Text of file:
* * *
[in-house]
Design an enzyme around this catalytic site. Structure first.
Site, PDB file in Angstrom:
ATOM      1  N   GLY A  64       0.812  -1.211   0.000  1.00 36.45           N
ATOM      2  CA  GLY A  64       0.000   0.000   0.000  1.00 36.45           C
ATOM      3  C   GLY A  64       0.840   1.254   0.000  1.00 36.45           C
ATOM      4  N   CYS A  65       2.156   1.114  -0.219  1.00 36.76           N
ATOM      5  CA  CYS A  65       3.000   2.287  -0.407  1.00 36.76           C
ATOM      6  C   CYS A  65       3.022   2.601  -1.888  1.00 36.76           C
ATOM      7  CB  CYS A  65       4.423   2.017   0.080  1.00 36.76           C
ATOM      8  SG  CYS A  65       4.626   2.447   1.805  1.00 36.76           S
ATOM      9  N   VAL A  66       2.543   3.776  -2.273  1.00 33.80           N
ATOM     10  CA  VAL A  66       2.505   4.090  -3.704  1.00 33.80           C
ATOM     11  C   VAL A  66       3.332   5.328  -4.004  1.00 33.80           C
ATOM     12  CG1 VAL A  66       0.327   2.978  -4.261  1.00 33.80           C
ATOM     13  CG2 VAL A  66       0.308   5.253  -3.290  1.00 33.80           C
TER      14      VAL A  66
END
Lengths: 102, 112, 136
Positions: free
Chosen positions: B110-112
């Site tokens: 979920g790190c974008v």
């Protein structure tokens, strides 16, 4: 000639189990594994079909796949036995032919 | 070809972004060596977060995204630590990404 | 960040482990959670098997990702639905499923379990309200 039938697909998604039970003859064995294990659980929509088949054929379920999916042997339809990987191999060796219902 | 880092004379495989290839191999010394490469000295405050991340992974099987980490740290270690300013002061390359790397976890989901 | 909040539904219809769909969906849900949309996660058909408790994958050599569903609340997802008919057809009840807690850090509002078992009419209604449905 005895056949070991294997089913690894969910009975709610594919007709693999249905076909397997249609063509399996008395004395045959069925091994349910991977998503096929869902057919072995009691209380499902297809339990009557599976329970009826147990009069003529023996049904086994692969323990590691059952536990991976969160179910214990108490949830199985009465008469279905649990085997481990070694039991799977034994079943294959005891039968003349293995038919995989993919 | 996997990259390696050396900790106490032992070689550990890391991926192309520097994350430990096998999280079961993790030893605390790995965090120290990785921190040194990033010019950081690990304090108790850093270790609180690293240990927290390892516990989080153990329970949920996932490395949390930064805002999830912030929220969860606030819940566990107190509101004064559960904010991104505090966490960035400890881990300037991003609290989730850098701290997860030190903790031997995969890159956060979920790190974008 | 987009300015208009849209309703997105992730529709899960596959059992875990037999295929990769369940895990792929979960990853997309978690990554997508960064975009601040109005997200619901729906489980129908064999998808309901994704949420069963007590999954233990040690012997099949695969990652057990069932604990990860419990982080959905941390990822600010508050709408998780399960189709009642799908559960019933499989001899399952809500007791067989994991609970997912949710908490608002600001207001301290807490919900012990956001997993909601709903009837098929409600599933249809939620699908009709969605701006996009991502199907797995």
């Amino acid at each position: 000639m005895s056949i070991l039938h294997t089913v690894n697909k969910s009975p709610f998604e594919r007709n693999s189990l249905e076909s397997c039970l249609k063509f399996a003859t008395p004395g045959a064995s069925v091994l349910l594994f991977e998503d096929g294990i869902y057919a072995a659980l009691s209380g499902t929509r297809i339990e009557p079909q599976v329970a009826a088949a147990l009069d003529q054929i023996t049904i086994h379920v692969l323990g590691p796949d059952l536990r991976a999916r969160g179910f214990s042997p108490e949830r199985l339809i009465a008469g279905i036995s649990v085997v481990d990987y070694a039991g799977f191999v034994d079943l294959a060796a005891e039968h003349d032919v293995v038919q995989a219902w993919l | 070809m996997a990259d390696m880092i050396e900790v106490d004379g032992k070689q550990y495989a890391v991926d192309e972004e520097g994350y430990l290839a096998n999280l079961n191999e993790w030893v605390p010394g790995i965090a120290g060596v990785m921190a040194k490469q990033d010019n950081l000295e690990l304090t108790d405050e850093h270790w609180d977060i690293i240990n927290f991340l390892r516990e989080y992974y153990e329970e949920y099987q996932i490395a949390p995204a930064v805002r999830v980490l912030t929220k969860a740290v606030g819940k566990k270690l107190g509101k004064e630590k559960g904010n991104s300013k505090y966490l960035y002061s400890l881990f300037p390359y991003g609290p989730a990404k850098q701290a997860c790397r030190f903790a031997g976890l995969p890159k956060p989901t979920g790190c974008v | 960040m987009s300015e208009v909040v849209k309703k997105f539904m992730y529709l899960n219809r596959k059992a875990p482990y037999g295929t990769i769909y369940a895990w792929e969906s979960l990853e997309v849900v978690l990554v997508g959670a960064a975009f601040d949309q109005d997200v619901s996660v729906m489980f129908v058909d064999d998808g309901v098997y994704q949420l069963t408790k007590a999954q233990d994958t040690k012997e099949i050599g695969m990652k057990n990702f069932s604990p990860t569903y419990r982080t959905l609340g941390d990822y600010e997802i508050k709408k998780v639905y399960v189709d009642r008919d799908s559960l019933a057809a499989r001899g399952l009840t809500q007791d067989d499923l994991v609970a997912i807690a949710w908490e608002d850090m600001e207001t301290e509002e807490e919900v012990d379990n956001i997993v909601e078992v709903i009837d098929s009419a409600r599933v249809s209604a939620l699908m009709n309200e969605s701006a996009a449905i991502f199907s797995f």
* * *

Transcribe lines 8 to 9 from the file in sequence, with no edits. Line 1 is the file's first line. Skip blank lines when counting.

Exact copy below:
ATOM      5  CA  CYS A  65       3.000   2.287  -0.407  1.00 36.76           C
ATOM      6  C   CYS A  65       3.022   2.601  -1.888  1.00 36.76           C